KC Southern Bonds With A Nice Yield

 In Bond Investing, Investing Idea
Kansas City Southern train

http://etrucking.com/

Submitted by Holmes Osborne via Seeking Alpha

Kansas City Southern (NYSE:KSU) has a series of decent yielding bonds with a relatively short-term maturity.

The bonds yield 3.243% and have a coupon of 2.35. They mature 5/15/20 and have the cusip 485161aq6. The original issue was $240 million and is continuously callable.

According to Moody’s, KC Southern has a 50-year concession to use the rails. The concession ends in 2047, but is renewable. In 2027, third parties may use the rails but must pay a fee to KC Southern. Moody’s rates the bonds Baa3. What is interesting is that S&P does not have a rating on this particular issue. Perhaps this is in part why the yield is so nice (and the price so low). It rates other debt from the Mexican division at BBB-.

No doubt, there is fear in the rail business. Total volume fell 13.5% year over year. The company made $9.5 million less hauling frack sand from Q4’14 to Q5’15. Scrap metal was down almost $20 million. Coal was hardly affected. Grain was down $27.2 million.

Fourth quarter revenues fell 7% to $598 million. Revenue numbers were hurt by the weak peso but helped by low fuel costs. Fuel costs fell from $95.1 million to $69.9 million in the fourth quarter 2015 versus 2014. The balance sheet showed $136.6 million in cash and $171.9 million in accounts receivable. The liability side showed $757.6 million in current liabilities and $2.045 billion in long-term debt. Free cash flow was $221.3 million in 2015 and $237.8 million in 2014. Things are a little tight on the balance sheet, but I’m not too worried. KC won’t have a problem rolling maturities into new debt; it’s a well-respected company.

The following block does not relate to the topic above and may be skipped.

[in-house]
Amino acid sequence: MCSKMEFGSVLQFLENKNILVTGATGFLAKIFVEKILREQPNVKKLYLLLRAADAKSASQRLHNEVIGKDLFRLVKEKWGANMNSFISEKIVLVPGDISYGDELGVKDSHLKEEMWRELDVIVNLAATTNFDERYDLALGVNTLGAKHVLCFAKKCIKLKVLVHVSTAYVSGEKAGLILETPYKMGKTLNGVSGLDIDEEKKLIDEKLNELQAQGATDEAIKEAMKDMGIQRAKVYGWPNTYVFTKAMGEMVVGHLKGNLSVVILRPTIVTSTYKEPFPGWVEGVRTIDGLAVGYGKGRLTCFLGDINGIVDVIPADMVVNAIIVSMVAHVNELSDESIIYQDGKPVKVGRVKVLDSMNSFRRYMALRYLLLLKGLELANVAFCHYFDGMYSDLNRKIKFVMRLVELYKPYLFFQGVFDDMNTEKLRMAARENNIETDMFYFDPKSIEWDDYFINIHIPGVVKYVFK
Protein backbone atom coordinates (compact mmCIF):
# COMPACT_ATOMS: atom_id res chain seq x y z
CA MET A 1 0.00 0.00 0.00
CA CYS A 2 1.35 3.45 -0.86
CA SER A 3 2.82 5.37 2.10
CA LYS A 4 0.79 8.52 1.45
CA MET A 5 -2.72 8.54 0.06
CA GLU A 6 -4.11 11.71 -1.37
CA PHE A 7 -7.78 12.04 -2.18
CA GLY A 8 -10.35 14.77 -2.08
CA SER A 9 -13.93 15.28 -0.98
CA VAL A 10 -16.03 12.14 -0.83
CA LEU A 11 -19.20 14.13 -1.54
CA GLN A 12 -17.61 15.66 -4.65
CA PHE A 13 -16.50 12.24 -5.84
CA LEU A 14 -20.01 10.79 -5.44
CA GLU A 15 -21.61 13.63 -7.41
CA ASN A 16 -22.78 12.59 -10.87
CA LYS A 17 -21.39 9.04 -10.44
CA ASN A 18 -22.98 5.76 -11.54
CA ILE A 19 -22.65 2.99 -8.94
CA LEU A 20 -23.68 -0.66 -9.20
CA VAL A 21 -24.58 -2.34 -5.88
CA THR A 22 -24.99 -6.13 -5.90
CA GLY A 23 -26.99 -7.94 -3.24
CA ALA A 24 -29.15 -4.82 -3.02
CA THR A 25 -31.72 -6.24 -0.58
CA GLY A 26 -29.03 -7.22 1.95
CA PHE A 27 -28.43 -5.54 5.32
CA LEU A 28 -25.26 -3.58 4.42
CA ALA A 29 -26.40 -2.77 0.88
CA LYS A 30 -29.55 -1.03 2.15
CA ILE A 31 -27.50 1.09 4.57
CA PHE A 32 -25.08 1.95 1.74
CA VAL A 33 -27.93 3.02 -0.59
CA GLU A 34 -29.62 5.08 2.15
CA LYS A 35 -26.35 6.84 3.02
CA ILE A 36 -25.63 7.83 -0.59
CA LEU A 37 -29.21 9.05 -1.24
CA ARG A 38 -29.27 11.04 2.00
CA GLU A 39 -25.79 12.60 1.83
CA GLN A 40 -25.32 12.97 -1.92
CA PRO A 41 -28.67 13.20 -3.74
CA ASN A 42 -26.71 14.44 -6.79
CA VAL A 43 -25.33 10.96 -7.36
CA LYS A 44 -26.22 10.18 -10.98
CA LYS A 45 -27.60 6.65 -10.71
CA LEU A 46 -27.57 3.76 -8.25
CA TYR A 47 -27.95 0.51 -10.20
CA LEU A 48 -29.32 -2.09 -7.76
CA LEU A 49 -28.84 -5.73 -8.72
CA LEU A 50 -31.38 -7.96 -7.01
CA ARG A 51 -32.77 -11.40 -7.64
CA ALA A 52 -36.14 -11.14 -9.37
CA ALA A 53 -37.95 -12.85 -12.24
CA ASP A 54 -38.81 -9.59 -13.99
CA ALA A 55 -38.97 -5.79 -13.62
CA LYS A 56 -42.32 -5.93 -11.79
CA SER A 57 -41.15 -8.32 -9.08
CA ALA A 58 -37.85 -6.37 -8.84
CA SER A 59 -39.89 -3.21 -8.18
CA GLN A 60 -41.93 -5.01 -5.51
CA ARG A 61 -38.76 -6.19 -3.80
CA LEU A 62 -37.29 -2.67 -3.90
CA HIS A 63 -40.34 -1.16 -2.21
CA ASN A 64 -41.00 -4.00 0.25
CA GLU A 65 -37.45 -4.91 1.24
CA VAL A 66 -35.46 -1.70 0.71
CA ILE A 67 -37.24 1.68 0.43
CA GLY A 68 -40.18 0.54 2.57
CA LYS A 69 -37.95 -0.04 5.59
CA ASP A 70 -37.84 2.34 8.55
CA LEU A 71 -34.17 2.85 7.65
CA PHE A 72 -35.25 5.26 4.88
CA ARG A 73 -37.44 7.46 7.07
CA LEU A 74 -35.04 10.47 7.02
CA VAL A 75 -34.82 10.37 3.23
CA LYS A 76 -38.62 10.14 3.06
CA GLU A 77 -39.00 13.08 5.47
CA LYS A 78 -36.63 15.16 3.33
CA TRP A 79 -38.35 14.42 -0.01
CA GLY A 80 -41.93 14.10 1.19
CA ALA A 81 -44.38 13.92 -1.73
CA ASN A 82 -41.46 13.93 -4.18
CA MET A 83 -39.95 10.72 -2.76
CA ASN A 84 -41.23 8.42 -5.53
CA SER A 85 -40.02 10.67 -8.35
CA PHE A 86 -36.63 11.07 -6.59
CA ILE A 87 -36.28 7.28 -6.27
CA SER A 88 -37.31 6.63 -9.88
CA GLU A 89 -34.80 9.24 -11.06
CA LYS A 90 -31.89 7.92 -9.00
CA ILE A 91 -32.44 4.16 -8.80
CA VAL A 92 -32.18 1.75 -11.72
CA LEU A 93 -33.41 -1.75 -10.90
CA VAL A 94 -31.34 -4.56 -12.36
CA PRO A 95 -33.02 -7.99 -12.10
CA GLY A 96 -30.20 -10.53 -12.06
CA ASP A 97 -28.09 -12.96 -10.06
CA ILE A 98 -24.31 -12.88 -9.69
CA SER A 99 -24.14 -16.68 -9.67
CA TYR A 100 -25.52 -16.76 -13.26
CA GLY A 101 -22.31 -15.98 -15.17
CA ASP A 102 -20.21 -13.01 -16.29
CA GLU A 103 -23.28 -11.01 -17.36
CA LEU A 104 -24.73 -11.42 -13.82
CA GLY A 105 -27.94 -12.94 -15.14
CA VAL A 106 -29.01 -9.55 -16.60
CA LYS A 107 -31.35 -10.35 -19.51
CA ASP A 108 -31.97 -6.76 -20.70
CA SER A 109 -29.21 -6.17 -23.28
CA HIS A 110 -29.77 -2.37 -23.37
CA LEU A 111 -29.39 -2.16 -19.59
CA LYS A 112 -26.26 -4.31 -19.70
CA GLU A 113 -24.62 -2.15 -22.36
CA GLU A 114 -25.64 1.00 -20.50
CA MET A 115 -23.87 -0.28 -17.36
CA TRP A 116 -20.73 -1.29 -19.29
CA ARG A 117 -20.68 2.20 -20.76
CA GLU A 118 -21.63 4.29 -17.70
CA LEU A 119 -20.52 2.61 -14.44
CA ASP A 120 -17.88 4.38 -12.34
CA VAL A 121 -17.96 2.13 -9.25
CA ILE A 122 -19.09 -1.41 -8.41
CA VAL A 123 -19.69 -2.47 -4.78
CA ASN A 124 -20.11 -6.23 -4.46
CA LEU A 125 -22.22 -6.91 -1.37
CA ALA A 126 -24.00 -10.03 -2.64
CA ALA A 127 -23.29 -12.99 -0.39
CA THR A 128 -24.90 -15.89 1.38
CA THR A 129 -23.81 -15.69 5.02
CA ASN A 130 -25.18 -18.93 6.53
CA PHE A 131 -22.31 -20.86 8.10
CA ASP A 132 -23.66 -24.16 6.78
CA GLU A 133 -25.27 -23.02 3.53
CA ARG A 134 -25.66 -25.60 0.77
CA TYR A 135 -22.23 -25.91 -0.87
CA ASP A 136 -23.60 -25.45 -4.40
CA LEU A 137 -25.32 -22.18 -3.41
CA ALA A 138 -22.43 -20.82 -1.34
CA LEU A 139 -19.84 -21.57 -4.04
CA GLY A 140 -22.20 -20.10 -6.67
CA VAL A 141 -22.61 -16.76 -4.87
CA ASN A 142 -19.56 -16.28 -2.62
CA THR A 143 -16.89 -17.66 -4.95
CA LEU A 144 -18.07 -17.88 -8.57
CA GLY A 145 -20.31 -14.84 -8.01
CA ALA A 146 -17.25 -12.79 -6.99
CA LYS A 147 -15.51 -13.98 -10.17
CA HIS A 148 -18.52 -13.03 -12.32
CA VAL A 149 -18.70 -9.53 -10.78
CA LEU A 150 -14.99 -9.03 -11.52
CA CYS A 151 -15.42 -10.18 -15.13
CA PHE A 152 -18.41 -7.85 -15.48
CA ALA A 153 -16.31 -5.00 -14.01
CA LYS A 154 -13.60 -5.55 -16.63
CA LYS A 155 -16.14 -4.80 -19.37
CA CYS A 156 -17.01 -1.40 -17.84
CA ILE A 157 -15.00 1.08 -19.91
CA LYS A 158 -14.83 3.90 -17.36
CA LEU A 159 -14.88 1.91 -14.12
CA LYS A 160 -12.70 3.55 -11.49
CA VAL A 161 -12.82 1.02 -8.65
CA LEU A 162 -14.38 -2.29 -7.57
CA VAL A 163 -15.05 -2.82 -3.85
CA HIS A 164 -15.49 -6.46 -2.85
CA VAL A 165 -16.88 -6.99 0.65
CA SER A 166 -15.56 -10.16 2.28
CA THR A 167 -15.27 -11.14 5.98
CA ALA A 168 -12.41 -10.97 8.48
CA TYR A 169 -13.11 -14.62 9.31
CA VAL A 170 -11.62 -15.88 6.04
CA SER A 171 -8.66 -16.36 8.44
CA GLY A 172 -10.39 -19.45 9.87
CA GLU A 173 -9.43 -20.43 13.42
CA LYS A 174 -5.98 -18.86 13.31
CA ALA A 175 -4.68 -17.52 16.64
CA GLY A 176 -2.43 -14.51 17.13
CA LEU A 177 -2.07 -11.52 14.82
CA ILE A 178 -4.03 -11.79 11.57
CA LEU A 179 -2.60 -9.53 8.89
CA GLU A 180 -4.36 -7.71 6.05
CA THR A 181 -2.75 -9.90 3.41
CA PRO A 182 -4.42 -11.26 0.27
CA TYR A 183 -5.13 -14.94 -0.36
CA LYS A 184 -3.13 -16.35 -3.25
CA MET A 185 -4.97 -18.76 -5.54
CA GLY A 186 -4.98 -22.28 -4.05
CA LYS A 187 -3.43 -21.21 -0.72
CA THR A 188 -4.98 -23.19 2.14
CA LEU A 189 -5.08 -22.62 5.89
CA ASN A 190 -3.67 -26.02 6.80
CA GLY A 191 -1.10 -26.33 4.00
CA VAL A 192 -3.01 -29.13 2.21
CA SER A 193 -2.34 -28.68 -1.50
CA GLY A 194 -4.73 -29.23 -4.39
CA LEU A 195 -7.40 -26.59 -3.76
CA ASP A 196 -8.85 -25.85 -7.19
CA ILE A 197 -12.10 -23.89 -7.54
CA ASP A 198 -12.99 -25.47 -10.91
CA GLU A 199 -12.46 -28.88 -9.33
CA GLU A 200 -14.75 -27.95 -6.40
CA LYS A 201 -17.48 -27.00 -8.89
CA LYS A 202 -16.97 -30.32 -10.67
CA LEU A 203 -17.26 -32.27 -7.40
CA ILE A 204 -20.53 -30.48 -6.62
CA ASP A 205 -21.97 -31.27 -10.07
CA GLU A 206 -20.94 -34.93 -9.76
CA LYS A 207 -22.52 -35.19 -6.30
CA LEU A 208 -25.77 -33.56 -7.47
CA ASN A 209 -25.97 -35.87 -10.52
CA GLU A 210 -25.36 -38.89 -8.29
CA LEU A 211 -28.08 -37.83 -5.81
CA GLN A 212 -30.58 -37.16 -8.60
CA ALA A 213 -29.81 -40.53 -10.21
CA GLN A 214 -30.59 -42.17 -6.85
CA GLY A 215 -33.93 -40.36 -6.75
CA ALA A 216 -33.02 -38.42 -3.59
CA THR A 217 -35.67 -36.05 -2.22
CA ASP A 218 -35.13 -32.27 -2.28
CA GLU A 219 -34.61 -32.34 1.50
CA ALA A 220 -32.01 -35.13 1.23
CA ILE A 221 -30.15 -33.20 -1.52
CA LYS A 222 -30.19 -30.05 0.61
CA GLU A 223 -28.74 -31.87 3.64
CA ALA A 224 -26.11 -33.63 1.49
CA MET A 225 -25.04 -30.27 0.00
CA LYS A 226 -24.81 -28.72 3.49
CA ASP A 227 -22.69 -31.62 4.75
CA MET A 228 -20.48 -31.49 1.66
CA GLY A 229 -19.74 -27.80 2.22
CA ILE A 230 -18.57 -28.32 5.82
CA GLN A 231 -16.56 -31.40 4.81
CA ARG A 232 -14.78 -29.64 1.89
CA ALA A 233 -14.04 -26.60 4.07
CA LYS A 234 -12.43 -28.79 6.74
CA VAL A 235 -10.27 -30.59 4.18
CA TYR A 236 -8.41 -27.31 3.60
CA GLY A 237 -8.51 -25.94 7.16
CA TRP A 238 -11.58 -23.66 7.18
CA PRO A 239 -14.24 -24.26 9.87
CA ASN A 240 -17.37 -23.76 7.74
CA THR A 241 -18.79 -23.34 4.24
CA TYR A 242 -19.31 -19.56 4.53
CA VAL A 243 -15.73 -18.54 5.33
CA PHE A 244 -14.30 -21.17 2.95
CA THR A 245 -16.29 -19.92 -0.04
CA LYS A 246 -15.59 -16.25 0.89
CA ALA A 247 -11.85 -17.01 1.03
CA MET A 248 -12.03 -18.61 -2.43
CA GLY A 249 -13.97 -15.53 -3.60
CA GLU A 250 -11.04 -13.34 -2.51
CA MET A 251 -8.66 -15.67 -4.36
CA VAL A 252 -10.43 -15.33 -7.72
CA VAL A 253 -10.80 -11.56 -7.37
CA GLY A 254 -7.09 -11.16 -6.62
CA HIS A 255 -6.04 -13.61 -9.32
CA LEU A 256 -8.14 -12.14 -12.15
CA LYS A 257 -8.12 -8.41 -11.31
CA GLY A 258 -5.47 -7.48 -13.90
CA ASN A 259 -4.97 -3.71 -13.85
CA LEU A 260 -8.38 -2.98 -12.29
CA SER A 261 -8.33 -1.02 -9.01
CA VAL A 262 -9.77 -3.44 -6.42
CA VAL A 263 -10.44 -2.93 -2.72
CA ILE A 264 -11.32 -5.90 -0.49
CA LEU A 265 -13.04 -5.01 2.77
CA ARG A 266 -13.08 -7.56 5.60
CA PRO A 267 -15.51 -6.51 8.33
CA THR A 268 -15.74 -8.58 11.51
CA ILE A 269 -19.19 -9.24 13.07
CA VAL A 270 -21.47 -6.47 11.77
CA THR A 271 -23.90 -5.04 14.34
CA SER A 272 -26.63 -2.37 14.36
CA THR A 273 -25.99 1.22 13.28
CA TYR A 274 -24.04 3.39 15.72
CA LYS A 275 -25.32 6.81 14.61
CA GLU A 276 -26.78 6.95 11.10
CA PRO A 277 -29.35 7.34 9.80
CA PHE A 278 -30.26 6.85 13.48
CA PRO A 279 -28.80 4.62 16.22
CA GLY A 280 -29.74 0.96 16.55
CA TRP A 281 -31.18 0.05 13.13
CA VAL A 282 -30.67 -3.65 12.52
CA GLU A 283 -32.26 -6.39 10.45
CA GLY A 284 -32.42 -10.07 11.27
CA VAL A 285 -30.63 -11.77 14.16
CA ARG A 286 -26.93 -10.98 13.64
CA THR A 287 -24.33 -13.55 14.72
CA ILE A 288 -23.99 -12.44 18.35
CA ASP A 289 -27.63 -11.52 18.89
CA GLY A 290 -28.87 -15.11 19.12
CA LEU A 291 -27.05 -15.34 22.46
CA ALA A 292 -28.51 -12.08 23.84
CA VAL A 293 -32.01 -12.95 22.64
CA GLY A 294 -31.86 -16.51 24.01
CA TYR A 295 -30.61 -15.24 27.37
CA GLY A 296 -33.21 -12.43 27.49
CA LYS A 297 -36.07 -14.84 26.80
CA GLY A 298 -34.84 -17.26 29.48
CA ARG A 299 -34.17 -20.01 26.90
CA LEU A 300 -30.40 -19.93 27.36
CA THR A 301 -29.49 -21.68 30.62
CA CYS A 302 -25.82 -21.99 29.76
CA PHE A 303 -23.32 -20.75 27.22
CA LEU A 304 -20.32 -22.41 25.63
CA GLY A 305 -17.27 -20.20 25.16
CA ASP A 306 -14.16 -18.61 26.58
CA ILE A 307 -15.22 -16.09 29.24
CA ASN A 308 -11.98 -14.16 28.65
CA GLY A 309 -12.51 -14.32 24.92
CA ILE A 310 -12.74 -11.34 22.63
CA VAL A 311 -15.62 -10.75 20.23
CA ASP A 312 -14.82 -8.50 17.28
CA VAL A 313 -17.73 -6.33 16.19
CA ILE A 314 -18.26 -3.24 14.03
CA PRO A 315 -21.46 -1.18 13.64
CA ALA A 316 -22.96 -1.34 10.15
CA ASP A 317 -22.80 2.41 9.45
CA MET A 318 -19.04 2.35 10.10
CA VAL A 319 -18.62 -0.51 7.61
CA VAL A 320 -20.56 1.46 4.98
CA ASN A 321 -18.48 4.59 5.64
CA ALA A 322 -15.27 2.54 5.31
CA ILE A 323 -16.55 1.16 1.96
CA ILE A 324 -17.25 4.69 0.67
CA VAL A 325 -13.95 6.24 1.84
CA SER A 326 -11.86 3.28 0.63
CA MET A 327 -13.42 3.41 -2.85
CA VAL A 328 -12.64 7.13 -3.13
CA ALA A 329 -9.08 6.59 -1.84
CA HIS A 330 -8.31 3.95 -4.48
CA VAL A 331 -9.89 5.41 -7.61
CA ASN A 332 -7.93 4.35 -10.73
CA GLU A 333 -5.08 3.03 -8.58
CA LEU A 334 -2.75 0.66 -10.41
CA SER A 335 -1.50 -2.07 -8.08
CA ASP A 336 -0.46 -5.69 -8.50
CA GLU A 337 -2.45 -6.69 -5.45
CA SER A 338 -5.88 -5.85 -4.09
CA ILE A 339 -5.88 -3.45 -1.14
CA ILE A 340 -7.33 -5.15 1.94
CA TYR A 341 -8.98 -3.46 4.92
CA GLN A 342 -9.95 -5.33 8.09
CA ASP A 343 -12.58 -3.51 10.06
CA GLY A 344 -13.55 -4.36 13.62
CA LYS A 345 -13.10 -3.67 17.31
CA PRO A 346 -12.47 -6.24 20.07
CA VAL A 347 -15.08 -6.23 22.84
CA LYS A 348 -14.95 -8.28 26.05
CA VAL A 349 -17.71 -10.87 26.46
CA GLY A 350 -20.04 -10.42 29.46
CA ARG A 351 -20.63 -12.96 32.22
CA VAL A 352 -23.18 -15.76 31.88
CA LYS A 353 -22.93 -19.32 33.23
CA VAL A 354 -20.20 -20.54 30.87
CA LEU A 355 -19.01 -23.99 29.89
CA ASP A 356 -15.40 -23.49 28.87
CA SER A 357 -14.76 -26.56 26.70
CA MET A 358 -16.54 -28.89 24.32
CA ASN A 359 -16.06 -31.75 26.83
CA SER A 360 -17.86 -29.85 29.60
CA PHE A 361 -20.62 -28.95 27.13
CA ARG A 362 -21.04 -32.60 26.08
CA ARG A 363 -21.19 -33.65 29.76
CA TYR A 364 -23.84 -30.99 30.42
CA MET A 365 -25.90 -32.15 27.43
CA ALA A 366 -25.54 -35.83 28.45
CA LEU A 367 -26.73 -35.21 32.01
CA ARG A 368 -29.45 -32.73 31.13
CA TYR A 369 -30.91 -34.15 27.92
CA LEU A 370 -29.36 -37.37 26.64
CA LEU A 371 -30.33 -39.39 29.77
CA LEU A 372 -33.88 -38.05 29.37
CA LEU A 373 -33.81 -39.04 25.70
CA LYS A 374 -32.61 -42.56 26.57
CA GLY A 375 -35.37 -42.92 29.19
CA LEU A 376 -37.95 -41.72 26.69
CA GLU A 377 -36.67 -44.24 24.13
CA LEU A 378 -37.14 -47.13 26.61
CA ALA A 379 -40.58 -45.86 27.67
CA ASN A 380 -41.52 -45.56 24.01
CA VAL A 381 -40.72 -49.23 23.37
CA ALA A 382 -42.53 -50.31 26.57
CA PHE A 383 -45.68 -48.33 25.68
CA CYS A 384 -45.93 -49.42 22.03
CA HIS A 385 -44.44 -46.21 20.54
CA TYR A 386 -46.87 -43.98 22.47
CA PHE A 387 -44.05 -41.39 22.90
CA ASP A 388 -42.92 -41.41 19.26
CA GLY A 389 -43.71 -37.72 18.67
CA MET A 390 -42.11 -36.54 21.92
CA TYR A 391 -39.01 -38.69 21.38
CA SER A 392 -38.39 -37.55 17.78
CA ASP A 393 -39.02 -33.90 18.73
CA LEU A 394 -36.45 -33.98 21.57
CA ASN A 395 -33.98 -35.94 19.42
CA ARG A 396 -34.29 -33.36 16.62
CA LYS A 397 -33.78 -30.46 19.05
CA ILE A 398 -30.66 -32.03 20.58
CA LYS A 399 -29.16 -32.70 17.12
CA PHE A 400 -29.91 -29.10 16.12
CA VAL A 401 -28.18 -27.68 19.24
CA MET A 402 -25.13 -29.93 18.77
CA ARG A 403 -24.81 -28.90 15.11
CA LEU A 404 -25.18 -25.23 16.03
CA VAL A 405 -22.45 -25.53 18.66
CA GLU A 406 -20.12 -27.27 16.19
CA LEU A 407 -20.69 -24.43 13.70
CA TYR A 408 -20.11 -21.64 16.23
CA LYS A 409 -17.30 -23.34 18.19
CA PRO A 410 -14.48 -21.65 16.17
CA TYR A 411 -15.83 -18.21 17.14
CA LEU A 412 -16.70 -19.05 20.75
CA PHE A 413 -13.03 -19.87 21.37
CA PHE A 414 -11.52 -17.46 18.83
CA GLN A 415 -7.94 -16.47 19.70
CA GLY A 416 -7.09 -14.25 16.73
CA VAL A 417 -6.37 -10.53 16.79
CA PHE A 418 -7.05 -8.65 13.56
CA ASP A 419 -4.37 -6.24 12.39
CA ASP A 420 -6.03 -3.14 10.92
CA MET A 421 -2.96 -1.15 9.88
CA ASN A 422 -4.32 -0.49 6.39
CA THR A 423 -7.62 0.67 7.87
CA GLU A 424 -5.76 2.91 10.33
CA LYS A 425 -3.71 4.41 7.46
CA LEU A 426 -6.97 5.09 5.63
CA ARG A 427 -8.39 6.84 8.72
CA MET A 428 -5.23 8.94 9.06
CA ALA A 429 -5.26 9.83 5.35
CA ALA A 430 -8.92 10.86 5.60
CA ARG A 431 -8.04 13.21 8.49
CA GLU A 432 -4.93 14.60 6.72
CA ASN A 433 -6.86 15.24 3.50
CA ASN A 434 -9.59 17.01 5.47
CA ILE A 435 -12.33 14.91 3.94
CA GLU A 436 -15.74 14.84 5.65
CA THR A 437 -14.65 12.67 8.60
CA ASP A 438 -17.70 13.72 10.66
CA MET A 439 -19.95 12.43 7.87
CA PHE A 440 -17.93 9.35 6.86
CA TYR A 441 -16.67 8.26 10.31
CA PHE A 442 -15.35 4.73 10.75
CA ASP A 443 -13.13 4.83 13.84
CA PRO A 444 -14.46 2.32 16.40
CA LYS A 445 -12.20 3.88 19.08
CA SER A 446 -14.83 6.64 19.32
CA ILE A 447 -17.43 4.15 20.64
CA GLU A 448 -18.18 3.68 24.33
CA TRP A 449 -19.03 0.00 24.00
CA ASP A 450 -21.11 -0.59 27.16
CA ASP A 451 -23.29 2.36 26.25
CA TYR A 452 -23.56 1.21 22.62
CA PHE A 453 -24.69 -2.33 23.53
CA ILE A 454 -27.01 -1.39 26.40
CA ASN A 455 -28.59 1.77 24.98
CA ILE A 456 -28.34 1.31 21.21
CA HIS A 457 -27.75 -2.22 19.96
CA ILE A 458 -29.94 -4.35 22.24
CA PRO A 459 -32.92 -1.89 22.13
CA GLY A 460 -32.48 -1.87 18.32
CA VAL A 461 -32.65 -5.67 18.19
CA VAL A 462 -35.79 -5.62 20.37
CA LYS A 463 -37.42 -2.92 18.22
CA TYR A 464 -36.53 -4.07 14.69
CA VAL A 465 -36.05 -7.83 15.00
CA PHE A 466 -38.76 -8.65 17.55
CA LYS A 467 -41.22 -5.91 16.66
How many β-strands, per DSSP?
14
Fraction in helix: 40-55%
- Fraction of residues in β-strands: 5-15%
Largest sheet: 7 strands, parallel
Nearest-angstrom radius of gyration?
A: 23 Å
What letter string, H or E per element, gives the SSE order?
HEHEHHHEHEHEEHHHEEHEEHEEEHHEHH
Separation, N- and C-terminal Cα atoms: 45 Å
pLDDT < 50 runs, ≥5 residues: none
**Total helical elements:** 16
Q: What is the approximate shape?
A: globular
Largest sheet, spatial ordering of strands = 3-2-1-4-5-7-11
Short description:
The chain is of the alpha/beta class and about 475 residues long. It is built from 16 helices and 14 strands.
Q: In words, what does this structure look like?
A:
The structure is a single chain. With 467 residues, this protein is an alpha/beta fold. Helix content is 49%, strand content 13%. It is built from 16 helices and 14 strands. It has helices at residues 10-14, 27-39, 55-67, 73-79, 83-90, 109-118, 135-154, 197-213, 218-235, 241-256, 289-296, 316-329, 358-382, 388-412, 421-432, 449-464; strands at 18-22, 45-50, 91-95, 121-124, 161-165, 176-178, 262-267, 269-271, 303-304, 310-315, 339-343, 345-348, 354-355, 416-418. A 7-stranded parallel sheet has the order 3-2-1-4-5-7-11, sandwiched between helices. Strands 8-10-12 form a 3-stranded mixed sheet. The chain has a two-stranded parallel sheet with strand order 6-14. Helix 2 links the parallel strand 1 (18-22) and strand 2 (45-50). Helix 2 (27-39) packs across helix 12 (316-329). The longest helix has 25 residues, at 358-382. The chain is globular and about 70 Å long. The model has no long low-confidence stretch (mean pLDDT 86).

Credit Suisse thinks KSU will earn $4.48 per share in 2016, compared to $4.50 in 2015. Estimates for 2017 are $5.08 and $5.76 for 2018. I’m glad I’m not a Wall Street analyst. I’d hate to try to guess what some company is going to earn several years into the future. It’s literally impossible.

The prospectus didn’t show anything exciting. There is a change of control feature that requires KSU to buy back the bonds at $101. The notes are senior and unsecured, just like most corporate bonds that are available.

We are buying this debt for our clients. A 3.243% yield sure beats 1.4% for comparable Treasuries. KSU is a well run company and the bonds seem extremely safe.

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Sergey Sanko
Sergey had started an IncomeClub after years of being an investment advisor for high affluent investors and managing fixed income securities. He is the lead investment advisor representative and holds a Series 65 license. Sergey earned his Executive MBA degree from Antwerp Management School.
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